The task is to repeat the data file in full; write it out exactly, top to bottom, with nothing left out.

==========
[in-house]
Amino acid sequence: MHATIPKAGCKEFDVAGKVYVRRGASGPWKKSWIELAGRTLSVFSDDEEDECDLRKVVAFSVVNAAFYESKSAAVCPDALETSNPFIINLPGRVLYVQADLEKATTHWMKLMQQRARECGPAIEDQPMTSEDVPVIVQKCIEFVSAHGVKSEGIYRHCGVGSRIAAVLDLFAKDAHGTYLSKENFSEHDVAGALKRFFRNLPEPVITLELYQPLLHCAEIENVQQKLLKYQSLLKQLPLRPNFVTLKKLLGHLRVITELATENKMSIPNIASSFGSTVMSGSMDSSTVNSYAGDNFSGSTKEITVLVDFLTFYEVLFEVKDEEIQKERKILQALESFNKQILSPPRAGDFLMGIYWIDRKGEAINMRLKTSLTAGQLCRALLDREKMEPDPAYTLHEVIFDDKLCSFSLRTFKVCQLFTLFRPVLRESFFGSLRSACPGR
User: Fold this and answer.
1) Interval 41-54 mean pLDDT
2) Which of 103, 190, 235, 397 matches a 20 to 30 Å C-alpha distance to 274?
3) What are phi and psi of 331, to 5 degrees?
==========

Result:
[in-house]
Amino acid sequence: MHATIPKAGCKEFDVAGKVYVRRGASGPWKKSWIELAGRTLSVFSDDEEDECDLRKVVAFSVVNAAFYESKSAAVCPDALETSNPFIINLPGRVLYVQADLEKATTHWMKLMQQRARECGPAIEDQPMTSEDVPVIVQKCIEFVSAHGVKSEGIYRHCGVGSRIAAVLDLFAKDAHGTYLSKENFSEHDVAGALKRFFRNLPEPVITLELYQPLLHCAEIENVQQKLLKYQSLLKQLPLRPNFVTLKKLLGHLRVITELATENKMSIPNIASSFGSTVMSGSMDSSTVNSYAGDNFSGSTKEITVLVDFLTFYEVLFEVKDEEIQKERKILQALESFNKQILSPPRAGDFLMGIYWIDRKGEAINMRLKTSLTAGQLCRALLDREKMEPDPAYTLHEVIFDDKLCSFSLRTFKVCQLFTLFRPVLRESFFGSLRSACPGR
User: Fold this and answer.
1) Interval 41-54 mean pLDDT
2) Which of 103, 190, 235, 397 matches a 20 to 30 Å C-alpha distance to 274?
3) What are phi and psi of 331, to 5 degrees?